Aesthetic Considerations Root canal treatment maintains the natural appearance of the tooth and may involve crown placement for added strength and aesthetics. Tooth extraction results in the loss of the natural tooth, leading to aesthetic concerns, and may require consideration of replacement options.


How Do You Decide Which Procedure to Choose?

When should you choose a root canal over extraction

Your dentist will suggest the procedure that suits you best. Typically, the aim for most dentists is to preserve the tooth rather than extract it outright. Thus, unless the tooth is too severely damaged to salvage, they will likely recommend a preservation procedure like a root canal. While this may appear to be an upsell since root canals are pricier than extractions, preserving a healthy tooth, whenever feasible, is usually a wiser choice for your oral health than extraction.

When should you choose a root canal over extraction?

Dentists usually suggest procedures like root canals to save your tooth. But why? Apart from maintaining a seamless smile and preserving tooth functionality for chewing and speaking, opting for tooth extraction can significantly alter your appearance. When a tooth is extracted, it exposes the jawbone to decay. Additionally, the adjacent teeth may start shifting towards the empty space, leading to changes in your jawline within as little as six months, resulting in a perceived acceleration in the aging process.


In the debate between root canal vs. extraction, the optimal choice depends on several factors, such as the tooth's condition, oral health goals, and individual preferences. While root canals strive to preserve natural teeth and maintain oral function, extractions may be necessary when preservation isn't feasible. Ultimately, consulting with a trusted dental professional can provide personalized insights and recommendations tailored to your specific needs. Make an informed decision about your oral health and embark on the path to a healthier smile today.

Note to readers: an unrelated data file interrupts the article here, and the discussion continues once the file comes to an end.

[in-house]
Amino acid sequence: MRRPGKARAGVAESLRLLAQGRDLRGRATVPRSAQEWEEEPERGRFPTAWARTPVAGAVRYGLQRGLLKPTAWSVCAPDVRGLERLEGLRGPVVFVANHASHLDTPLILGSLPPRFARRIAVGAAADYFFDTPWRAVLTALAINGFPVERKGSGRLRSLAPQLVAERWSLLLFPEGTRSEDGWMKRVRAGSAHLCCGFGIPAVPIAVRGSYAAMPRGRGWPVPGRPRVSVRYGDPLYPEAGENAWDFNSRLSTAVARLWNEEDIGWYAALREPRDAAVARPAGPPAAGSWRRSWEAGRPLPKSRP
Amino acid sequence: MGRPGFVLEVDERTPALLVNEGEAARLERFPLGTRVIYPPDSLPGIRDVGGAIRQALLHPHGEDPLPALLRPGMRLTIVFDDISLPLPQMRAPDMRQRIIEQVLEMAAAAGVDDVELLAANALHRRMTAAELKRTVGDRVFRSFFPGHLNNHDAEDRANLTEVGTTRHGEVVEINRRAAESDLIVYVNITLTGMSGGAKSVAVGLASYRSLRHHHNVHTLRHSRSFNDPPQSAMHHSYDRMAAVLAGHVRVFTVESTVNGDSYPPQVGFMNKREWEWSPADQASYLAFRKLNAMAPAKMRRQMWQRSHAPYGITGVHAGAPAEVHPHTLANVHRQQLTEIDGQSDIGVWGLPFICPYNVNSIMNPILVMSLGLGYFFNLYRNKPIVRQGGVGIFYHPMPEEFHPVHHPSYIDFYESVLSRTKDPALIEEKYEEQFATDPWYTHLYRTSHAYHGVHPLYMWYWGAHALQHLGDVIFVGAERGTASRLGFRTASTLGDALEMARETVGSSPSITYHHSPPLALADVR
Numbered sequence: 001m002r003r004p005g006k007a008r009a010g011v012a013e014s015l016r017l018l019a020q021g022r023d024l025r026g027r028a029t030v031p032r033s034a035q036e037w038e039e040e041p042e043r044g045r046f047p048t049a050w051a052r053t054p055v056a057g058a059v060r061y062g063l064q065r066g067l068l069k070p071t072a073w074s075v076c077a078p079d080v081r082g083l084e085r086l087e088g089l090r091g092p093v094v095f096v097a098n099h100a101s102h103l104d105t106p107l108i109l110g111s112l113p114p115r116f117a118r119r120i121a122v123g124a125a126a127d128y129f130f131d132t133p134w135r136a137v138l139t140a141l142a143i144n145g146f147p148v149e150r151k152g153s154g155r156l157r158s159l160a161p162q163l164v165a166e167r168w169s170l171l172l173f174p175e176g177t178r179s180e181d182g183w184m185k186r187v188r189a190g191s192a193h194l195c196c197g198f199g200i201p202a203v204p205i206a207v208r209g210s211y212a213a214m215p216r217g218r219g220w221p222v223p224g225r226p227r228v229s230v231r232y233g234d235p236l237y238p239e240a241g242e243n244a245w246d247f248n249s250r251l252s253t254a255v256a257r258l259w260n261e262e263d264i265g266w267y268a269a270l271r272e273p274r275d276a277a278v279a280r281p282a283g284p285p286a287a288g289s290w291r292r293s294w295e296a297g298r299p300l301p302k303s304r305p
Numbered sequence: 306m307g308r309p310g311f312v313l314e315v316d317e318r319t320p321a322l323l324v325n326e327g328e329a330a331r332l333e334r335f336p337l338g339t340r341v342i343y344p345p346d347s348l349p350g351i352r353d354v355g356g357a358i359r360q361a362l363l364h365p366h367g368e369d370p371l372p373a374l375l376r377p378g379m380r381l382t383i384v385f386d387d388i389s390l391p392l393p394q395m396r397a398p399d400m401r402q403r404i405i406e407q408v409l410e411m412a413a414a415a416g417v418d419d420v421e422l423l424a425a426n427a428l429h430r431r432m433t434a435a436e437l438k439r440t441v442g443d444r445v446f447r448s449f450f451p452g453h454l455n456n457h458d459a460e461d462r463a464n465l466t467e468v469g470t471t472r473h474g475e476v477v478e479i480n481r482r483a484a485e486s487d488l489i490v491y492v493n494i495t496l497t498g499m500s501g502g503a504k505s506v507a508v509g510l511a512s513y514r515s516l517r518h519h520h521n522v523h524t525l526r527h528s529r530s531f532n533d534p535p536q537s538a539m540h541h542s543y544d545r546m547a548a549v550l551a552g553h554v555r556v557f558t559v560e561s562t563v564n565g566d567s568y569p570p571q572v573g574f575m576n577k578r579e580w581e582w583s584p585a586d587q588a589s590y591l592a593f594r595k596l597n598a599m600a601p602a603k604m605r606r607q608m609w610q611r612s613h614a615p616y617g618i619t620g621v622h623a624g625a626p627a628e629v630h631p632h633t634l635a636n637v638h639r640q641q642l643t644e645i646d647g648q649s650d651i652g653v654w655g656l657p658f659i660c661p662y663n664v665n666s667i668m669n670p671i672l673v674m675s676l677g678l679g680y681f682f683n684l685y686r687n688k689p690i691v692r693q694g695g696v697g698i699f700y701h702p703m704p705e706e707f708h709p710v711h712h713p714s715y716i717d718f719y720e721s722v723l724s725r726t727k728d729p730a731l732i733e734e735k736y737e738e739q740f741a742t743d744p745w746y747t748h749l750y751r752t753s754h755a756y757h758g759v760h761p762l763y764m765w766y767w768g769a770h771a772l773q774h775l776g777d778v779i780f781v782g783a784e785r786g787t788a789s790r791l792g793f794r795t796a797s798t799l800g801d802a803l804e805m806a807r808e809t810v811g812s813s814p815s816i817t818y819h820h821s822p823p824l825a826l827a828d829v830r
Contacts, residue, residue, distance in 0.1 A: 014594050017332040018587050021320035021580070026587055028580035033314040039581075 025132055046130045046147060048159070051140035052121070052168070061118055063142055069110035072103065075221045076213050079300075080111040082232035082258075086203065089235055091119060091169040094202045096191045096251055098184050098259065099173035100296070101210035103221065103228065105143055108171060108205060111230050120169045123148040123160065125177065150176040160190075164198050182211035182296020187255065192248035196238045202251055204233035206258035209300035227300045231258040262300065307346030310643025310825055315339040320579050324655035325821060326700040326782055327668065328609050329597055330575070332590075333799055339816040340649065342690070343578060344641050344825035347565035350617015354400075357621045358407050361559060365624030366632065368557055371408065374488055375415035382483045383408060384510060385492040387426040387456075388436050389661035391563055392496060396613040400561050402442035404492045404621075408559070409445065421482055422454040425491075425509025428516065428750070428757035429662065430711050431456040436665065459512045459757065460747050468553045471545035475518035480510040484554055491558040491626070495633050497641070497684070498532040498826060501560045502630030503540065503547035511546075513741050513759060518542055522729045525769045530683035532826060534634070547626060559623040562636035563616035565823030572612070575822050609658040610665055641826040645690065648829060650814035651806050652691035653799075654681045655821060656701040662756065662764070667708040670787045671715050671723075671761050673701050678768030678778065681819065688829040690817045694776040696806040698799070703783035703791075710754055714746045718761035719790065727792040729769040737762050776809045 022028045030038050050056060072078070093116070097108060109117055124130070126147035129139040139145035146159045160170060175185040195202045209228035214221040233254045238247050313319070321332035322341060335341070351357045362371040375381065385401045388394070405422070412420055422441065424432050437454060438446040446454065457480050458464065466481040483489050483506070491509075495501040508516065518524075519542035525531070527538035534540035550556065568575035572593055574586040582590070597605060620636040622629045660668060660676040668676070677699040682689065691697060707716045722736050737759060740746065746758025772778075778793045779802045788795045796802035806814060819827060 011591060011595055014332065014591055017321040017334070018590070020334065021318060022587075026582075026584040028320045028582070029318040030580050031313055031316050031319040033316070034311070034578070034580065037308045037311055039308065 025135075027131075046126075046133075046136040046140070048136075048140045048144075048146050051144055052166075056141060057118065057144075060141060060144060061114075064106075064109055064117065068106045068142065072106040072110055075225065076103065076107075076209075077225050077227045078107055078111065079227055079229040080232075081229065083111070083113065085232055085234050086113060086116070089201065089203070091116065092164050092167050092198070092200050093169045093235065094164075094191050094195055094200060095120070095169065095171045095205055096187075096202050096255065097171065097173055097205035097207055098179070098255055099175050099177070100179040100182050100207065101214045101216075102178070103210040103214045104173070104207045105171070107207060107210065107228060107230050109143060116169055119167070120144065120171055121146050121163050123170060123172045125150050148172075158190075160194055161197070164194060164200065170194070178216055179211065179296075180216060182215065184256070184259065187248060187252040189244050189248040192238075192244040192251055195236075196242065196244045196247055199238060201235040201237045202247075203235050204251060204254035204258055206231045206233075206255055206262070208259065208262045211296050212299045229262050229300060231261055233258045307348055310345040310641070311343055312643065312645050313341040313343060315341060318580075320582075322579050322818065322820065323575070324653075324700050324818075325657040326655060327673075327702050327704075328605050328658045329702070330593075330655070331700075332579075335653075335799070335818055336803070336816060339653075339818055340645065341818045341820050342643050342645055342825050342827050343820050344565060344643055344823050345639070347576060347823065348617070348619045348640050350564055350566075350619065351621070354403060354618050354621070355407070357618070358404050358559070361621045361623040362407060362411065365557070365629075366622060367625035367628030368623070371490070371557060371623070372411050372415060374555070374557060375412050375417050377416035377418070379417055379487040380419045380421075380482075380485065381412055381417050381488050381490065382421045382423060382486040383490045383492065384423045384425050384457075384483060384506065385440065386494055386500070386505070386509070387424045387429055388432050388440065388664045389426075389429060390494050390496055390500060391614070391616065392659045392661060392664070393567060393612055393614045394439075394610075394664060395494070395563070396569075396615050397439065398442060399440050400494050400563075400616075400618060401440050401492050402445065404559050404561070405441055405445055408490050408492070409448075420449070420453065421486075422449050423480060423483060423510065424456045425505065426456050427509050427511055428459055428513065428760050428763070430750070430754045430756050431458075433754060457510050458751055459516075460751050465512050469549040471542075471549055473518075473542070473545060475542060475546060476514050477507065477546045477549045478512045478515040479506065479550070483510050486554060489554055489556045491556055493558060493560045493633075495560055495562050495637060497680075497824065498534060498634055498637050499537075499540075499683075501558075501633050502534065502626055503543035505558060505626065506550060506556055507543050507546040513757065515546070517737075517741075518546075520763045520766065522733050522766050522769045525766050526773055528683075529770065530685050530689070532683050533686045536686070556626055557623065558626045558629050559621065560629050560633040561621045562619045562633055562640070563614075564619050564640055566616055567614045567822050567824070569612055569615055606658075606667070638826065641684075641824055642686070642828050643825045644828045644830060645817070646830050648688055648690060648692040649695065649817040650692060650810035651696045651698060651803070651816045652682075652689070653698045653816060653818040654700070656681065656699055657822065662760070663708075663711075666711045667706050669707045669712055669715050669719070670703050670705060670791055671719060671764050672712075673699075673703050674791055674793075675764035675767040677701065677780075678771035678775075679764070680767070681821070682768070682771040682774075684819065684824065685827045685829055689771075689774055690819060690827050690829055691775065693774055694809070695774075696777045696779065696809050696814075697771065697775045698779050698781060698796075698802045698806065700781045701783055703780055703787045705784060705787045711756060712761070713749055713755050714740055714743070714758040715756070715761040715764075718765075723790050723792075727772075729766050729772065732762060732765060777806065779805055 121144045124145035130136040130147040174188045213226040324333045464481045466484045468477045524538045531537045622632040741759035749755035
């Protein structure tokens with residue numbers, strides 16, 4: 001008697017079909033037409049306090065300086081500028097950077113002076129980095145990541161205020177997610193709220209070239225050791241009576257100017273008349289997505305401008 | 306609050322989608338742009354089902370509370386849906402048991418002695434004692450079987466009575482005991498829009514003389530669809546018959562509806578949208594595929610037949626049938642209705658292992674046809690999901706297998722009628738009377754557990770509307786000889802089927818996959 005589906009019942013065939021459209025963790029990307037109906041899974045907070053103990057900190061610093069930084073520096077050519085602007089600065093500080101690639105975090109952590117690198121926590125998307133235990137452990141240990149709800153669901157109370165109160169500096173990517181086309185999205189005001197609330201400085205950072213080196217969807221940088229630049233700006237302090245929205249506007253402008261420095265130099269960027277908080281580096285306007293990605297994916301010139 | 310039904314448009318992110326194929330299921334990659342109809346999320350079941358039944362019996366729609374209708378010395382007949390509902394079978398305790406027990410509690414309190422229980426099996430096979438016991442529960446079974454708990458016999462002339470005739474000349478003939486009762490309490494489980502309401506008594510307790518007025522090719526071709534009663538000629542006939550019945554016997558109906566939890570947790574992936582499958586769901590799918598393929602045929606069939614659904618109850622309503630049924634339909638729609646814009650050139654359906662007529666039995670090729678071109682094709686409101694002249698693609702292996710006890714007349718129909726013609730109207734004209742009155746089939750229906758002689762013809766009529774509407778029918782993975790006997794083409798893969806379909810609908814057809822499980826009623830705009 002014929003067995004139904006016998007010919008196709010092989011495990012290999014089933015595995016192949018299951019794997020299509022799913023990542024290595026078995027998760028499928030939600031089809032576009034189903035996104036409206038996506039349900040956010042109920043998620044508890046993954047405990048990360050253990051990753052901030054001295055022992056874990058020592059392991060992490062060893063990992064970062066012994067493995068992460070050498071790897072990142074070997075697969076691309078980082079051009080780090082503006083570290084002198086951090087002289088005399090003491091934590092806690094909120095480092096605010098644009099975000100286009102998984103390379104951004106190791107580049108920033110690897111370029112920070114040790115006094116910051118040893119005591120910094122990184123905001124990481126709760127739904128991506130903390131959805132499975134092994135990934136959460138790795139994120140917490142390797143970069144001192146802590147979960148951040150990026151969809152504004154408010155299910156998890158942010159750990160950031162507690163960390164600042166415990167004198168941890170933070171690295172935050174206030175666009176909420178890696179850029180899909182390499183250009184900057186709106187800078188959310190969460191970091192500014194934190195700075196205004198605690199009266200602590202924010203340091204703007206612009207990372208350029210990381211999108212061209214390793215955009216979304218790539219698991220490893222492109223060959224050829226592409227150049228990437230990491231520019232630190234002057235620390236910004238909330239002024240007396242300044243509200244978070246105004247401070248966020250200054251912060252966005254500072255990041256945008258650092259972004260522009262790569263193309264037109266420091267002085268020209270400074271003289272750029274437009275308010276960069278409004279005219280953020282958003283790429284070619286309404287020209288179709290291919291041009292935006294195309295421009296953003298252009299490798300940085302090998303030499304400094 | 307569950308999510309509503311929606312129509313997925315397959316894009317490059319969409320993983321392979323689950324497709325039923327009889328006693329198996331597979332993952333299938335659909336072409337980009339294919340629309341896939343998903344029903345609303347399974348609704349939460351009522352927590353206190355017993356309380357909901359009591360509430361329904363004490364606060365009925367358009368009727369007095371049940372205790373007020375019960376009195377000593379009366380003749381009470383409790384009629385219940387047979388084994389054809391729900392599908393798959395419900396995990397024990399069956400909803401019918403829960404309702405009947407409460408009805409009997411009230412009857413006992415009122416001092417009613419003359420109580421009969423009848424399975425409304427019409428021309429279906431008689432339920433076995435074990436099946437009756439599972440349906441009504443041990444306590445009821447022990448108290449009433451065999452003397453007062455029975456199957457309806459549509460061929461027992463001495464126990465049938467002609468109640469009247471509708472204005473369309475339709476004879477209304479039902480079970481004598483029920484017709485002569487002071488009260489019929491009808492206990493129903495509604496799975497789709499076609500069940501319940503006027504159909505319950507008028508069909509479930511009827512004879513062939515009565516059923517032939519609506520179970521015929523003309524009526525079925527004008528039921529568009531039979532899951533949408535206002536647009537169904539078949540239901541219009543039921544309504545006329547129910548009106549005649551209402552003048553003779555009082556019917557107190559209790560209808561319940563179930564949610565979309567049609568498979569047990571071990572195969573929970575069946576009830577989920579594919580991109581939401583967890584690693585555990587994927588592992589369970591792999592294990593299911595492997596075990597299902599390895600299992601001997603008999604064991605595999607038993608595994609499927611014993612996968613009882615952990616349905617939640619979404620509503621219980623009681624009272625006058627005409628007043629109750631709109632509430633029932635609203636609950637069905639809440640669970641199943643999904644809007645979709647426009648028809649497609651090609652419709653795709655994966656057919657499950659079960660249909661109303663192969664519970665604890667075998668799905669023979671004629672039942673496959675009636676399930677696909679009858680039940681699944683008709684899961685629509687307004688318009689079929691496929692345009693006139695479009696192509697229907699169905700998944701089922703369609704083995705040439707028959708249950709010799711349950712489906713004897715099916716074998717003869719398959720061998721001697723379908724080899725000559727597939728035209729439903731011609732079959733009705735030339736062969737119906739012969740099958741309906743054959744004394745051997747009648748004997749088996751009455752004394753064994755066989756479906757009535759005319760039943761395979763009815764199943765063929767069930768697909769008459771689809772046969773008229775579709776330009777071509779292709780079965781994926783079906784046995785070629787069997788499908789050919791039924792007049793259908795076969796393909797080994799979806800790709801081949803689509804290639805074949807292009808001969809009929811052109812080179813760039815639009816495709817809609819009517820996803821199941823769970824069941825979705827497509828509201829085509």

Ready to make an informed decision about your dental health? Book an appointment with Avalon Commons Dental Care in Orlando, FL, today. New patients can call us at (407) 606-7209 while existing patients can reach us at (407) 601-4206.


Is a Root Canal Safer than Tooth Extraction?

Root canal treatment is considered safer than extraction because it aims to preserve your natural tooth. After extraction, a vacant space remains in the mouth, potentially becoming a breeding ground for bacteria. This can lead to infections that may spread to adjacent teeth.

Should I Opt for Extraction Instead of a Root Canal?

It's typically advised to extract teeth with severe pulp damage, indicating that the infection has advanced beyond the effectiveness of a root canal procedure. Moreover, there are scenarios where teeth should be extracted, even if they haven't reached the stage of advanced pulp damage.

Why is Tooth Extraction not recommended?

After tooth extraction, the bone at the extraction site may shrink, leading to potential shifts in the rest of your smile. This shift can place excessive stress on the remaining teeth, potentially accelerating tooth loss or decay.

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Parkway Dental Care Kissimmee
1064 E Osceola Parkway
Kissimmee, FL 34744
New Patient: (407) 635-1196
Current Patient: (407) 932-2273
Avalon Commons Dental Care Orlando
14811 E. Colonial Dr. Suite 100
Orlando, FL 32826
New Patient: (407) 606-7209
Current Patient: (​407) 601-4206
Avalon Commons Dental Care Orlando
14811 E. Colonial Dr. Suite 100
Orlando, FL 32826
New Patient: (407) 606-7209
Current Patient: (​407) 601-4206